**From:** Tony Simons (*A.Simons@dcs.shef.ac.uk*)

**Date:** Sat 07 Sep 2002 - 13:16:52 BST

**Next message:**Joaquin Miller: "RE: [discussion@2uworks.org] RE: [wg@2uworks.org] 3C + 2U = xP?"**Previous message:**Joaquin Miller: "RE: [discussion@2uworks.org] RE: [wg@2uworks.org] 3C + 2U = xP?"**Maybe in reply to:**Joaquin Miller: "RE: [discussion@2uworks.org] RE: [wg@2uworks.org] 3C + 2U = xP?"

Hi Joaquin, I think this may relate to what theoreticians in algebra and category theory refer to as the "initial algebra" semantics (as opposed to "final algebra" semantics). If I've remembered these the right way, then all semantic elements in an initial algebra are assumed to be distinct unless you can prove, using axioms, that they are equal. In a final algebra, it's the other way around - you assume that elements are potentially equivalent, unless you can prove that they are distinct. (There are many-to-one mappings from elements in initial algebras onto elements in final algebras, which is why I think that things which are distinct in an initial algebra are equivalent in a final algebra. If I have this the wrong way round, someone let me know). It sounds as if this statement is being made about the semantic domain, not the UML model elements. The semantic domain is the underlying mathematical (eg set-theoretic) model on which the concrete syntax of the UML model is based and interpreted. The idea is that the meaning of the UML model is made plain in terms of well-understood math constructs in the semantic model. For example, it is possible to say that the meaning of a standard type declaration x : T is that there exists a T-set of which x is a member. Semanticists write something like: [[ x : T ]] == x' in T' where x, T are syntactic elements from the concrete model and x' is an element and T' is a set in the semantic domain. The double brackets [[ ]] denote "the meaning of" the enclosed expression. This gives a simple set-theoretic semantics for the notion of type. Technically a semantic domain is more than just a set. Domains are constructed to have certain properties, for example, Scott domains are sets whose elements are partially ordered and in which you can construct a complete lattice of elements according to the < less than relation. This kind of domain is useful for interpreting the meaning of things like functional programs, since you can show that recursion will eventually terminate, if the meanings of the original argument and the argument of the recursive call can be shown to be ordered in the lattice (the latter must be "less than" the former). In ordered domains, there is always a "bottom" element that is less than any other element, where algorithms halt. If what you report 2U as saying follows this kind of reasoning, then the consequences for UML models are that you must provide explicit equivalences (in OCL) to assert that model elements are the same, otherwise you must always assume they are distinct. --Tony ========================================================================== > X-Sender: miller%joaquin.net@pop3.joaquin.net > Date: Fri, 06 Sep 2002 12:52:02 -0700 > To: wg@2uworks.org, discussion@2uworks.org > From: Joaquin Miller <miller@joaquin.net> > Subject: RE: [discussion@2uworks.org] RE: [wg@2uworks.org] 3C + 2U = xP? > Cc: pUML <puml-list@cs.york.ac.uk> > Mime-Version: 1.0 > X-Loop: puml-list@cs.york.ac.uk > X-Scanner: exiscan@shef.ac.uk *17nQVm-0001j1-00* http://duncanthrax.net/exiscan/ > > From a 2U draft: > > >A consequence of the semantic domain design principles is that the > >semantic domain should not contain equivalences; i.e. all semantic > >elements denote distinct concepts. > > I'm sorry, but i need to ask what that means. > > Are the semantic elements those in the UML model or those in the semantic > domain, or ...? > > Which are the concepts that the semantic elements denote? > Where are those concepts found? > What do those concepts denote? > Where do we find the meaning of those concepts? > > > > PGP Fingerprint: > CA23 6BCA ACAB 6006 E3C3 0E79 2122 94B4 E5FD 42C3 ========================================================================== Dr Anthony J H Simons a.simons@dcs.shef.ac.uk Senior Lecturer in Computer Science http://www.dcs.shef.ac.uk/~ajhs Director of Teaching Department of Computer Science tel: (+44) 114 22 21838 University of Sheffield dept: (+44) 114 22 21800 Regent Court, 211 Portobello Street fax: (+44) 114 22 21810 SHEFFIELD, S1 4DP univ: (+44) 114 22 22000 United Kingdom ==========================================================================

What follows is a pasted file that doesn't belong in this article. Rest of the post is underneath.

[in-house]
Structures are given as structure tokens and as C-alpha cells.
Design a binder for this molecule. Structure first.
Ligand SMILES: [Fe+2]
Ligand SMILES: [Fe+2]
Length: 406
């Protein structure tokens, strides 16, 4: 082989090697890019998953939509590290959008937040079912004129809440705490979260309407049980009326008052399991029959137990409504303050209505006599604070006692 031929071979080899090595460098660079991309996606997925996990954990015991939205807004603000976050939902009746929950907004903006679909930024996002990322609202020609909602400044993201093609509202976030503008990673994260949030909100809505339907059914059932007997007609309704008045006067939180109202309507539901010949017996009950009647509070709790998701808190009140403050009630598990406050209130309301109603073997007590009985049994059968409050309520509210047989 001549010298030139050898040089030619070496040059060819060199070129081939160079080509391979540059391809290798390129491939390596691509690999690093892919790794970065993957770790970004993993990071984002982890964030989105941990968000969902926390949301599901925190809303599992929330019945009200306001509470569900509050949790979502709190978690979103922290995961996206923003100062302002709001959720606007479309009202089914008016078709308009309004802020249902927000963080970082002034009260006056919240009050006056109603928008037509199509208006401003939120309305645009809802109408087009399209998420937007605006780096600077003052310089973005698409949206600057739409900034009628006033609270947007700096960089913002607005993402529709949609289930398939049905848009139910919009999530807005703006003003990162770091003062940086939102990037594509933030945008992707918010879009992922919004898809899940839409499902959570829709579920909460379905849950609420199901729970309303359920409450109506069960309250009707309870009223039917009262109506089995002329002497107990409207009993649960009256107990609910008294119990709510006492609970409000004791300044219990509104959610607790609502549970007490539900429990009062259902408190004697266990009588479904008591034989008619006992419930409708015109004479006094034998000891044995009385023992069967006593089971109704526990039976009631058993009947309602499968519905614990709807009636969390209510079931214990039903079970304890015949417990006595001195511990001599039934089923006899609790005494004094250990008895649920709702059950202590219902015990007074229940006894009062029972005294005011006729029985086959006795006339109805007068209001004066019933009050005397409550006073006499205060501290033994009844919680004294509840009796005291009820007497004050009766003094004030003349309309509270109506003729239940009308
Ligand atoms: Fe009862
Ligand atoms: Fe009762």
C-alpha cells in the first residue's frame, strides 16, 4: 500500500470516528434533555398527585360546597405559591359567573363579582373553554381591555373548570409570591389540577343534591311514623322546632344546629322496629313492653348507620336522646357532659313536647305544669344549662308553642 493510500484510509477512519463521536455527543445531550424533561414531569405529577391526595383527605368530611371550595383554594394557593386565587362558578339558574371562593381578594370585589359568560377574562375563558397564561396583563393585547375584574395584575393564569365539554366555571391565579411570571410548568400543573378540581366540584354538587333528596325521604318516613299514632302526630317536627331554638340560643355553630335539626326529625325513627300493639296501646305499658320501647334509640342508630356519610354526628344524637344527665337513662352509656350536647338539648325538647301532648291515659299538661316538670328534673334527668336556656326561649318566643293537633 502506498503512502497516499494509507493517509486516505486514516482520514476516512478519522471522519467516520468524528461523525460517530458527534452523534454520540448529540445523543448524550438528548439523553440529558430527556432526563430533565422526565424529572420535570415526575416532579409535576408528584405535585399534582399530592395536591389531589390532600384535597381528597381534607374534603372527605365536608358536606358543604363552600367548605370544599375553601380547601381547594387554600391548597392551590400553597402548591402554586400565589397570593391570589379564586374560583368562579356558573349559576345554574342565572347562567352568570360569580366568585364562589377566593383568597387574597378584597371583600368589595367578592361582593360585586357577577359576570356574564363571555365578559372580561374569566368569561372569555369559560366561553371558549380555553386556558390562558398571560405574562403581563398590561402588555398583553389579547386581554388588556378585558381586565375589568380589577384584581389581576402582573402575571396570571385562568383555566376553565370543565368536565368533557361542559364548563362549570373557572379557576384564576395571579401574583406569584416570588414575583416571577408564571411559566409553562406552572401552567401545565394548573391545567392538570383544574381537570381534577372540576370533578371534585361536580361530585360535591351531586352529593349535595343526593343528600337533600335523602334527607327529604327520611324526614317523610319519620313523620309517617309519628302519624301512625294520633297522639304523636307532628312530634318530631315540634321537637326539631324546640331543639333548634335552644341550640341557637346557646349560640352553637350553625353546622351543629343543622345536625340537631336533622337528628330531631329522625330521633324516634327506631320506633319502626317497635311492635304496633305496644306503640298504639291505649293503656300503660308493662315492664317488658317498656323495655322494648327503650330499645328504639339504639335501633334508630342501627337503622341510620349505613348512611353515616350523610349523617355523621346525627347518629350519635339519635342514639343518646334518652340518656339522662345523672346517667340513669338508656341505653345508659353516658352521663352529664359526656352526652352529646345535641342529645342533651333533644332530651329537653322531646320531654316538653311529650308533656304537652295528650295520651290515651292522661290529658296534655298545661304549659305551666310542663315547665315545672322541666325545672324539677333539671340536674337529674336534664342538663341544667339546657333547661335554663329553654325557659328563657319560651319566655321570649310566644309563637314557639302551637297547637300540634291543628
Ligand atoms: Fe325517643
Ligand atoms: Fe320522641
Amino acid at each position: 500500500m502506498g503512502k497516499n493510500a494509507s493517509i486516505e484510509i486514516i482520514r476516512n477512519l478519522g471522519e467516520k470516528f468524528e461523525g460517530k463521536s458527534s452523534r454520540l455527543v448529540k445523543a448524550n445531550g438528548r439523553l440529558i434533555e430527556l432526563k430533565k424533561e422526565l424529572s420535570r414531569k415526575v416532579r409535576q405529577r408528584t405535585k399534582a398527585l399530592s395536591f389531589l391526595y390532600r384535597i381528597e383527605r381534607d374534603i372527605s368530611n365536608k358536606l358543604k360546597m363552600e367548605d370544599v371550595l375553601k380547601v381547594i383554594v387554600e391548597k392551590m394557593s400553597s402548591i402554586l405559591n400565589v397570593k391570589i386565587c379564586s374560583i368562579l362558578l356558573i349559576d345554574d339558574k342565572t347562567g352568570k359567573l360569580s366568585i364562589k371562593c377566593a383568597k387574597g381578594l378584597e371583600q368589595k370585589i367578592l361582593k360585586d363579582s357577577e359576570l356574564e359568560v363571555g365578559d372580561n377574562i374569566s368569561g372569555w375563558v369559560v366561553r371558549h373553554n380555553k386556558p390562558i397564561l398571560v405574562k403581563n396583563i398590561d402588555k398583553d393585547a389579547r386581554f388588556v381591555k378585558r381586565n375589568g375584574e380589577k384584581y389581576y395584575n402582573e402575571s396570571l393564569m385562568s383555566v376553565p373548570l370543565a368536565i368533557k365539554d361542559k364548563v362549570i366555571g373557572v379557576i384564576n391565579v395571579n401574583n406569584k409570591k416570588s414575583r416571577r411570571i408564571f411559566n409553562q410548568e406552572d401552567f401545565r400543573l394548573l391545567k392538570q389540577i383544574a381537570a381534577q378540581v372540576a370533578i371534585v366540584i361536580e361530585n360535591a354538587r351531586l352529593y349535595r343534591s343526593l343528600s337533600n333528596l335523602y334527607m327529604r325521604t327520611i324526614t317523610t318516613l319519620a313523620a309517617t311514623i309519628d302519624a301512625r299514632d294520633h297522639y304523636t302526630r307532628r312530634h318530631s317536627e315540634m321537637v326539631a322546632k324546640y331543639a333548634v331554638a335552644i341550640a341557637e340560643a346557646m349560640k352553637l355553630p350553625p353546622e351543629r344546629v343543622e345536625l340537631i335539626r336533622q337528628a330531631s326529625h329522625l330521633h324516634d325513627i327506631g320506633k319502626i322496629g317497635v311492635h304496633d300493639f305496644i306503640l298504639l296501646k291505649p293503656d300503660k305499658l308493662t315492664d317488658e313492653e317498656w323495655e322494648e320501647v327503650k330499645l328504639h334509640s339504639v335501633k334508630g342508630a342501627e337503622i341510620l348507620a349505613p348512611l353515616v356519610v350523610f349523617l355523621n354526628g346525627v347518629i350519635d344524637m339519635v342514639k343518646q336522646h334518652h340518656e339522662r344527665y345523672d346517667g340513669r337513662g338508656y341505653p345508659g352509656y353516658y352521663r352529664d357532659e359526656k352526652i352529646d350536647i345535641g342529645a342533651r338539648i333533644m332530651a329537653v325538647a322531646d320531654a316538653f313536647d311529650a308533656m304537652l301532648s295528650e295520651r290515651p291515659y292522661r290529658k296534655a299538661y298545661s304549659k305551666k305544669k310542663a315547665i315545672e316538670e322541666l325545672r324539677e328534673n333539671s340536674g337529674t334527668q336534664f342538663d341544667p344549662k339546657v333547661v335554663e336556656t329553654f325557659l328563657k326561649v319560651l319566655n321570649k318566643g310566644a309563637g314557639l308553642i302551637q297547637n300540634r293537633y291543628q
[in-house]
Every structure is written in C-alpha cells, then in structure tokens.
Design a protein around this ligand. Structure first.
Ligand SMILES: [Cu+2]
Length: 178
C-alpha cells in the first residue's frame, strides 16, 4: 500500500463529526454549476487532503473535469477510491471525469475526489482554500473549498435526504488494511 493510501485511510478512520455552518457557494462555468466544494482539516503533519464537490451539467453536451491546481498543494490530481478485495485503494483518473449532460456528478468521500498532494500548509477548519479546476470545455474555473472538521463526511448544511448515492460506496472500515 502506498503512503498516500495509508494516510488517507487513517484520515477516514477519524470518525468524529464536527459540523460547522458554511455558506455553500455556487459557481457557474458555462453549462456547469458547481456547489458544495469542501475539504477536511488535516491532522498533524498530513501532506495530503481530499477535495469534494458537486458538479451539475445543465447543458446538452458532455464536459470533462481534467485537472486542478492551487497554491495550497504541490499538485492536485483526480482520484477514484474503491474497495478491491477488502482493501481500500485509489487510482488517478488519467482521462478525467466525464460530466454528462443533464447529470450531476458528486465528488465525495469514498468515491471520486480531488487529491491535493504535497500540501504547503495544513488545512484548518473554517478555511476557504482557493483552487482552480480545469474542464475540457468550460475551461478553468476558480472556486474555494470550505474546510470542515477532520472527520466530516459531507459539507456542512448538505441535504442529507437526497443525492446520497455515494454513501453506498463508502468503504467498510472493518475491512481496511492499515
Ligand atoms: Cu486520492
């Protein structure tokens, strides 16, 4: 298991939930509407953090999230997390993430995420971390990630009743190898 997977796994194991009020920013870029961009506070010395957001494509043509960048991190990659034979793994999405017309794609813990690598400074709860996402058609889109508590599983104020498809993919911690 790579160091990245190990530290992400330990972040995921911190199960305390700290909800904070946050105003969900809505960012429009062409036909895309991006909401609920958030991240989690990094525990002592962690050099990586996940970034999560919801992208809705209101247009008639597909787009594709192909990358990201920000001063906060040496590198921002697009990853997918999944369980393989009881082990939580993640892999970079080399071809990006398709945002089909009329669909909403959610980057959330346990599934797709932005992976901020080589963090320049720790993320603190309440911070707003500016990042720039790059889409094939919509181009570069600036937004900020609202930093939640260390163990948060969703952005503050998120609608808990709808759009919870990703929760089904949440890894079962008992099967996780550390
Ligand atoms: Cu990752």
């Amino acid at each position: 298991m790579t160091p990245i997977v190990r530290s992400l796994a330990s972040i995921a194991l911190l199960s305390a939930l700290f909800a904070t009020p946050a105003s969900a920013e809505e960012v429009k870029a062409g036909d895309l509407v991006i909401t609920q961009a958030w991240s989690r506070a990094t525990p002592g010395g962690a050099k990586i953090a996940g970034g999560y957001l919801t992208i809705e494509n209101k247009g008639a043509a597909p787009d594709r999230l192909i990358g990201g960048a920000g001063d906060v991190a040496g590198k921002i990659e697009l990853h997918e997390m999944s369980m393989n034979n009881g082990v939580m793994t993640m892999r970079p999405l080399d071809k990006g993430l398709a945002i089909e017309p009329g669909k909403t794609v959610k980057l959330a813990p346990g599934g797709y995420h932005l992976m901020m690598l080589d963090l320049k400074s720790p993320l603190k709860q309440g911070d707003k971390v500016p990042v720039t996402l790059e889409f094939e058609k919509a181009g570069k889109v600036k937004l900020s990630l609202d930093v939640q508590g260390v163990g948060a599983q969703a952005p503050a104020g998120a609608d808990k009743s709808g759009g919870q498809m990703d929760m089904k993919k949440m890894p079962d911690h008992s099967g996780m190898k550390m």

**Next message:**Joaquin Miller: "RE: [discussion@2uworks.org] RE: [wg@2uworks.org] 3C + 2U = xP?"**Previous message:**Joaquin Miller: "RE: [discussion@2uworks.org] RE: [wg@2uworks.org] 3C + 2U = xP?"**Maybe in reply to:**Joaquin Miller: "RE: [discussion@2uworks.org] RE: [wg@2uworks.org] 3C + 2U = xP?"